text-mode version of info, plus some such as menus, navigational buttons,
X-support, etc. You can also embed tkinfo in your application to provide
Keywords: Daily Debian, tkinfo, info, GNU info, browser, documentation
I routinely use ICQ to keep in touch with friends and family abroad, but
lately more and more people are using MSN for their instant messaging needs.
I still prefer the old ICQ protocol (which allows me to leave messages to
offline contacts, for instance), but the purpose of a instant messaging
application is to communicate with people, meaning that some kind of MSN
client was in my future. And so began my search for an MSN clone for Linux,
a companion for the lonely flower of licq
lying in my fluxbox dock.
I tested a few clients and ended up choosing
gaim for my MSN instant
messaging needs, but recently a friend told me to take a look at
amsn, a fully featured MSN IM Client for
What instantly caught my attention about amsn was the fact that it is written
in “TCL”. In a flash, visions of a poorly written application, with crude
menus and bad performance came to my mind but I couldn’t resist the curiosity
and installed it anyway. Oh boy, I was so wrong…
Amsn is indeed a fully-featured MSN client. It supports instant messages,
full-speed file transfers, emoticons, multiple languages, tabbed chat
windows, group support, dock support, webcam and many other features present
in the original MSN client. On top of all that, amsn has a very polished
look, with a nice interface and graphics, making it the most complete MSN
client for Linux I’ve seen.
Keywords: Daily Debian, amsn, msn messenger, instant messaging, icq, aol
When I migrated from RedHat to Debian, I immediately noticed that Debian
relies on a set of commands (apt-get, apt-cache, dpkg, and others) to
manipulate packages and the packages database. This is a big contrast to RPM
(RedHat package management system), which uses a single command to perform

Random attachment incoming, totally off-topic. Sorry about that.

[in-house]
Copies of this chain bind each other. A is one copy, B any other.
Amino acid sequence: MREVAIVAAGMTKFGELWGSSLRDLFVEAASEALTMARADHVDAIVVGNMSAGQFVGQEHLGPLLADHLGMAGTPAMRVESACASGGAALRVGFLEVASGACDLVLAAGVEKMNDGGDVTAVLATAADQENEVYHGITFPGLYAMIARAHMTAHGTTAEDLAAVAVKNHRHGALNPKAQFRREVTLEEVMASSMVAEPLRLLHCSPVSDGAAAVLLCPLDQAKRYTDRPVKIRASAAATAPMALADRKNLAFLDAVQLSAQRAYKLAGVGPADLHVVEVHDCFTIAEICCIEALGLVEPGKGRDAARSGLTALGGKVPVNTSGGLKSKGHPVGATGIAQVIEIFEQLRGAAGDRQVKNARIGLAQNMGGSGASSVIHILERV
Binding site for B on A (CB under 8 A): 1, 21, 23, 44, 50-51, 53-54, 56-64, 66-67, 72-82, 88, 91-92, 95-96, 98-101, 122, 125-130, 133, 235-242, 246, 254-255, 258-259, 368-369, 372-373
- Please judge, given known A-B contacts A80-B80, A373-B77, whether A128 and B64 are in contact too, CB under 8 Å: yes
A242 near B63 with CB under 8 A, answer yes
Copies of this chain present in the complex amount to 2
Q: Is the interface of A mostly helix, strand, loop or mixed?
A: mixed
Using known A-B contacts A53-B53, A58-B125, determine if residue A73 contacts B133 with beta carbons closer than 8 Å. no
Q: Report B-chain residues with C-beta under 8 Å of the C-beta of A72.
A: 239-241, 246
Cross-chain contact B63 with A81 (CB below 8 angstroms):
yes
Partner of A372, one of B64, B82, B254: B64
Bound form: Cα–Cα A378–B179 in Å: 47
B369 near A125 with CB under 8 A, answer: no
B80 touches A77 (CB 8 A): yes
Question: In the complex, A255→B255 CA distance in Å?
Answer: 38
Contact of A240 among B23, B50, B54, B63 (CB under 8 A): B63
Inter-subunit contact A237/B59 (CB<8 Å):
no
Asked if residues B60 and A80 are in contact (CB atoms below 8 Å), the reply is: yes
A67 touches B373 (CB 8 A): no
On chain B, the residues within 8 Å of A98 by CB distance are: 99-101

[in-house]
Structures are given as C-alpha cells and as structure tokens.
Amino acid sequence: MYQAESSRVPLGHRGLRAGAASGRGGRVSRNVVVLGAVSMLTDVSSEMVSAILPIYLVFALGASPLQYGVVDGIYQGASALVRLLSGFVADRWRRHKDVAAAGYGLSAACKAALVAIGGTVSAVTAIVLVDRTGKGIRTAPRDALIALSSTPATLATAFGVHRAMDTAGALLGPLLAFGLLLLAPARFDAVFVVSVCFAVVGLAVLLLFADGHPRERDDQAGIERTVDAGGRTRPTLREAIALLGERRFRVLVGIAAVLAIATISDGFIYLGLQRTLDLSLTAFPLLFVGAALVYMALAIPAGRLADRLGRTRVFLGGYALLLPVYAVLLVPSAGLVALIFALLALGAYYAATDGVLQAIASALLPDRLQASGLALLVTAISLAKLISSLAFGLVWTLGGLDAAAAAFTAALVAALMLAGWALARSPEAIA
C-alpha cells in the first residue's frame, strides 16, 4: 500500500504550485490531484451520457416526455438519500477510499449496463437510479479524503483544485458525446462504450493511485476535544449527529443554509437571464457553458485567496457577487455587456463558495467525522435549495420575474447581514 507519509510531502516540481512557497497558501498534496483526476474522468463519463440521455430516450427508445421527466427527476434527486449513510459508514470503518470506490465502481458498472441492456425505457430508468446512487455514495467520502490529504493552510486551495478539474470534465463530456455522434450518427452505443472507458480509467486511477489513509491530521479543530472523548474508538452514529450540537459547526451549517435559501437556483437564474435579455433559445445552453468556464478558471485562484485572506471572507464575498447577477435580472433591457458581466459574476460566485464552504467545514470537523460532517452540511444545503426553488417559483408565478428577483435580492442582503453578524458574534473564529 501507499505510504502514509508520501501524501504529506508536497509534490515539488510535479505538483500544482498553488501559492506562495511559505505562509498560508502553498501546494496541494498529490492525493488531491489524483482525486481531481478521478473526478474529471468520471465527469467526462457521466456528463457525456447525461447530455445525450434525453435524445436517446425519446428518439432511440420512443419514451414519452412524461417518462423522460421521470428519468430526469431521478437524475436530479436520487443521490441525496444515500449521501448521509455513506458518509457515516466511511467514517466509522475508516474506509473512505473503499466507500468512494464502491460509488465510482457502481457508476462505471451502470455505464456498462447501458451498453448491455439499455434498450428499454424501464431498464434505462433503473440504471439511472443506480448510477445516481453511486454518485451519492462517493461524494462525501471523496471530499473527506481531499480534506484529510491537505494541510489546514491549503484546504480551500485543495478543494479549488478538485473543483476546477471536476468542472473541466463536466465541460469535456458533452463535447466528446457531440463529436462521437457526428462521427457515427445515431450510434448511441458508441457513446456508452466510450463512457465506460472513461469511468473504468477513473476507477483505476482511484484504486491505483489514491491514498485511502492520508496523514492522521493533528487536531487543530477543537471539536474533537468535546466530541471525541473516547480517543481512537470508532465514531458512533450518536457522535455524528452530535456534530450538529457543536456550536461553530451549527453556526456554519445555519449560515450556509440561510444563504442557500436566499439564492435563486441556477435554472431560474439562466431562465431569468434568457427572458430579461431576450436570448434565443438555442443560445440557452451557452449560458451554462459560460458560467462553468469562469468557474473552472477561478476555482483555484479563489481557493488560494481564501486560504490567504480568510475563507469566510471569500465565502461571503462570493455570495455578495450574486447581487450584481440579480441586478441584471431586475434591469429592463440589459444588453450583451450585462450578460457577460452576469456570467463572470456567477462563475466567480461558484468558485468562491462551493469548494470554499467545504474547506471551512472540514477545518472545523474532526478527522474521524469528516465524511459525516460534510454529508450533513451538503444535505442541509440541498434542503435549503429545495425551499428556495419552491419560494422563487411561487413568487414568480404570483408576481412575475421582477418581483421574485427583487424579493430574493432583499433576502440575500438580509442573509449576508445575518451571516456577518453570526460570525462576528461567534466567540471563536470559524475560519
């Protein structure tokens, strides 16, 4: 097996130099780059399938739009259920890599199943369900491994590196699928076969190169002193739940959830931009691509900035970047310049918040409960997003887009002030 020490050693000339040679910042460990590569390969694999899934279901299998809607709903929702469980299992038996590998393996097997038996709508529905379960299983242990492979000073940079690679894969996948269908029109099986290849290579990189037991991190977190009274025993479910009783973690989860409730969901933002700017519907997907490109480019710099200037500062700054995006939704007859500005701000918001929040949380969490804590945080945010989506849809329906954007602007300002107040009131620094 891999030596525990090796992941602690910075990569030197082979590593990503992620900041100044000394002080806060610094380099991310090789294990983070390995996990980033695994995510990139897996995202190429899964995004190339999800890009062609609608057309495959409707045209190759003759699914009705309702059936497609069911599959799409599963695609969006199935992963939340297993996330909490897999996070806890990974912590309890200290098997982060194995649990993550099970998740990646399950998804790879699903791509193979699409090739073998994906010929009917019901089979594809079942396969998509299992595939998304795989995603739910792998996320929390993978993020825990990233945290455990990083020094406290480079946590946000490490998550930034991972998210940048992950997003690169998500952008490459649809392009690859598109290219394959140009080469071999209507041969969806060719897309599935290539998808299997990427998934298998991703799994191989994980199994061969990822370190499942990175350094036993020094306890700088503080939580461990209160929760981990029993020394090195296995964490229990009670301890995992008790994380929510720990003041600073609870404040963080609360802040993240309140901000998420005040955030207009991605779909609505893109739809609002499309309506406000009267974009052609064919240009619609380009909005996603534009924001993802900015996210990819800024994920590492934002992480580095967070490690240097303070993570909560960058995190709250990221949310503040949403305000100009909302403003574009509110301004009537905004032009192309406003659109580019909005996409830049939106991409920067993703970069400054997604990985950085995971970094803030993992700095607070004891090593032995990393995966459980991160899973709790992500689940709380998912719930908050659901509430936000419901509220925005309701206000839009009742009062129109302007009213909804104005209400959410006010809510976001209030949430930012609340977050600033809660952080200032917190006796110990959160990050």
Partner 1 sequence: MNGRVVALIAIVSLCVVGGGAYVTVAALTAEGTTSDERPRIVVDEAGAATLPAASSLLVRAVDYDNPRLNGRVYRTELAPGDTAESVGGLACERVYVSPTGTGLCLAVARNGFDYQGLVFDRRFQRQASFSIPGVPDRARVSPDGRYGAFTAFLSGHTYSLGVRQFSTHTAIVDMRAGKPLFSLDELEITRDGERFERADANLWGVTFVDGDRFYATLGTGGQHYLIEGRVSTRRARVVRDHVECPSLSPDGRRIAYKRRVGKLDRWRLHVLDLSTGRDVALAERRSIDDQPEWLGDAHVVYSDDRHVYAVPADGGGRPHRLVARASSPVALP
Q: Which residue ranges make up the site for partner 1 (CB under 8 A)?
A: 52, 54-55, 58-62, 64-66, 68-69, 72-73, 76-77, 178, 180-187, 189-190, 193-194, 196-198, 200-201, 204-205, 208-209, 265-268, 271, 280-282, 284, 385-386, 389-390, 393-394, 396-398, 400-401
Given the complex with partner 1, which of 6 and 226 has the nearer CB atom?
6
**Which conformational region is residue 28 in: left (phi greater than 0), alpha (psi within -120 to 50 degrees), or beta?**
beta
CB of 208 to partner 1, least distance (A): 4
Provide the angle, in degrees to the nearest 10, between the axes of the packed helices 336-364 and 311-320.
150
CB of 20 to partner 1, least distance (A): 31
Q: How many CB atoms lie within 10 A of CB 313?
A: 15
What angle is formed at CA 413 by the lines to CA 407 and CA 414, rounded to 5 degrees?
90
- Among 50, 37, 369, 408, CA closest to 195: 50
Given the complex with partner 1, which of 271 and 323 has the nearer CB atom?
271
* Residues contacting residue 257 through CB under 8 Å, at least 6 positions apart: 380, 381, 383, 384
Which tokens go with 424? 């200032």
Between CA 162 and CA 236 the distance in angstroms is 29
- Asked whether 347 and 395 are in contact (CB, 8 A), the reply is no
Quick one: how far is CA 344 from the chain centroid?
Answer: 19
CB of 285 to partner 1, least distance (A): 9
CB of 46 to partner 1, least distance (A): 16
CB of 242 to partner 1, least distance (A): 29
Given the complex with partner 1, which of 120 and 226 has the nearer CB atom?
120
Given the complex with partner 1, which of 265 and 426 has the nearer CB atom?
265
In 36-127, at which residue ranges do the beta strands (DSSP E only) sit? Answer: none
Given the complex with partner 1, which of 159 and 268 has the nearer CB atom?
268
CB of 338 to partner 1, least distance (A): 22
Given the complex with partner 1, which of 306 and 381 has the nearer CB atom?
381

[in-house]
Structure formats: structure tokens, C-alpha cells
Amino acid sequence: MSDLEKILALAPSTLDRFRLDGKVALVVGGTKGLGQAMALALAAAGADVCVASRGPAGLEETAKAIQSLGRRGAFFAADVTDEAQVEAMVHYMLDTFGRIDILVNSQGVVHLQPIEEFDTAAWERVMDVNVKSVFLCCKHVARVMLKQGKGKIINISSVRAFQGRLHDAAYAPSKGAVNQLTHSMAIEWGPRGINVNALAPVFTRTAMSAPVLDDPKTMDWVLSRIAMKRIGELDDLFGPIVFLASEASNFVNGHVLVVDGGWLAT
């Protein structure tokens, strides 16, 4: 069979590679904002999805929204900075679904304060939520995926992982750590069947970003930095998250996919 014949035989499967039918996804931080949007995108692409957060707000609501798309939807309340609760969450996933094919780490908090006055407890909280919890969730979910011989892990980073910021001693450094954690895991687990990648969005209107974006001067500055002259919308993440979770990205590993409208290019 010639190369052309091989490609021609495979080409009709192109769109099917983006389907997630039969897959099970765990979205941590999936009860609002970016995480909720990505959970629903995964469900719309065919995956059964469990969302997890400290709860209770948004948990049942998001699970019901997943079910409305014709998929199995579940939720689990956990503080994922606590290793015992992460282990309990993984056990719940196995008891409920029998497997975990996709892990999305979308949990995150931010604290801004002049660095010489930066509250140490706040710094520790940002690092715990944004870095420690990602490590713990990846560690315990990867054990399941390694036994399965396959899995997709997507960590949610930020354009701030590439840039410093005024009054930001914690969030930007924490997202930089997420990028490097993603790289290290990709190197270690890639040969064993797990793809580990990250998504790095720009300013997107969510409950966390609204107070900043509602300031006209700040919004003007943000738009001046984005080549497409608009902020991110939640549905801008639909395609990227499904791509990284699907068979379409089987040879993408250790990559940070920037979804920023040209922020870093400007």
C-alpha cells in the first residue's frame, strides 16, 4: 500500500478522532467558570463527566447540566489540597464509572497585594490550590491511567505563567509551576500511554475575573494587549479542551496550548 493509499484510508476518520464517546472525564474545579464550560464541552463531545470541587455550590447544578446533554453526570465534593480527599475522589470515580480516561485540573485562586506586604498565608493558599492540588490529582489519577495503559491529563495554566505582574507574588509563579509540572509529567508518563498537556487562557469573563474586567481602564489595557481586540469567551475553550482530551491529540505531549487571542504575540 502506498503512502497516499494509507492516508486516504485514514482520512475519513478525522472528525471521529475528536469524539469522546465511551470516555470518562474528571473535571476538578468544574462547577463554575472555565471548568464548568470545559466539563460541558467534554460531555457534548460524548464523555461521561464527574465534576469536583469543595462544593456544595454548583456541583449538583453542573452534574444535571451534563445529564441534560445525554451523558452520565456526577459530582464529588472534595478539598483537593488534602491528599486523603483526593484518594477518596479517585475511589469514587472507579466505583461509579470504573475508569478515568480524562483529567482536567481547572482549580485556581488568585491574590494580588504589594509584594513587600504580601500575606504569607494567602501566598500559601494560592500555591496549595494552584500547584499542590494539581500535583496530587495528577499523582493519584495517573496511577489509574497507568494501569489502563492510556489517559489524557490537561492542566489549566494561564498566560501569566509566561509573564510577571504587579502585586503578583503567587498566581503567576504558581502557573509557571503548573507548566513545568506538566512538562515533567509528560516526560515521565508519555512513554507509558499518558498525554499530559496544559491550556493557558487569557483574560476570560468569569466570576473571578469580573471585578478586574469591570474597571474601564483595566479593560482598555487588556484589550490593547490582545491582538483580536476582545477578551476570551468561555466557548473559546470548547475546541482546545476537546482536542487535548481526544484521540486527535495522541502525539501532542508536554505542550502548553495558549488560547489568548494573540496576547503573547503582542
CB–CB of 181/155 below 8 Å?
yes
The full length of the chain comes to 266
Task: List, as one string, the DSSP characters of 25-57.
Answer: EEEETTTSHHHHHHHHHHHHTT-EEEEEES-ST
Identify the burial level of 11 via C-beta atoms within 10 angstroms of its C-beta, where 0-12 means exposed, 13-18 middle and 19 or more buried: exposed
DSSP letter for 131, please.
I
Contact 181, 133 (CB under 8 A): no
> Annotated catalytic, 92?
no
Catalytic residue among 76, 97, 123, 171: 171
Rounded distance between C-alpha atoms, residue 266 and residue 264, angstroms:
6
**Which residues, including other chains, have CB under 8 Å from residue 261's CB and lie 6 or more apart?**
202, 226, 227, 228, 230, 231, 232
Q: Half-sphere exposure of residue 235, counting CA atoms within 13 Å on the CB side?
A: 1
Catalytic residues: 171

the same tasks.
Despite its superior performance (IMHO), Debian’s packaging system can be
daunting to the newcomer, or to those with difficulties remembering command
names. Wajig solves the problem by
providing a wrapper around “apt-get”, “apt-cache”, “dpkg” and other standard
Debian tools. With wajig, most (all?) package related tasks can now be
performed with a single command, and a more intuitive command-line interface.
Wajig can also start and stop packages, and perform other tasks that
would require multiple commands or shell scripts with apt-get and dpkg
alone. Another interesting feature is the “teaching” mode, where it shows the
Debian commands that will be executed to perform a given task.
After years using Debian, I still dislike the standard output of “dpkg -l”
(lots of information I don’t need, and trims the package names). Wajig can
easily display the package names with “wajig listnames” (it calls “apt-cache
pkgnames | sort” for you).
Another useful command is “wajig findpkg file”, which files a package that
supplies a given command or file (by searching packages.debian.org).
Debian wajig Page
- Wajig Page
Keywords: Daily Debian, wajig, apt-get, dpkg, apt, sysadmin
bootchart is a tool for performance
analysis and visualization of the Linux boot process.
Bootchart works at boot time, by temporarily replacing the “init” program
and collecting timing data about the startup scripts. All collected data is
converted into a graph and saved as a PNG, SVG, or EPS chart for further
Bootchart allowed me to shorten my boot time by 15 seconds or so. If you
think this is a small improvement, try to sit in front of your computer for
15 seconds without touching the keyboard. :)
Keywords: Daily Debian, bootchart, boot process, fine-tuning, tuning, linux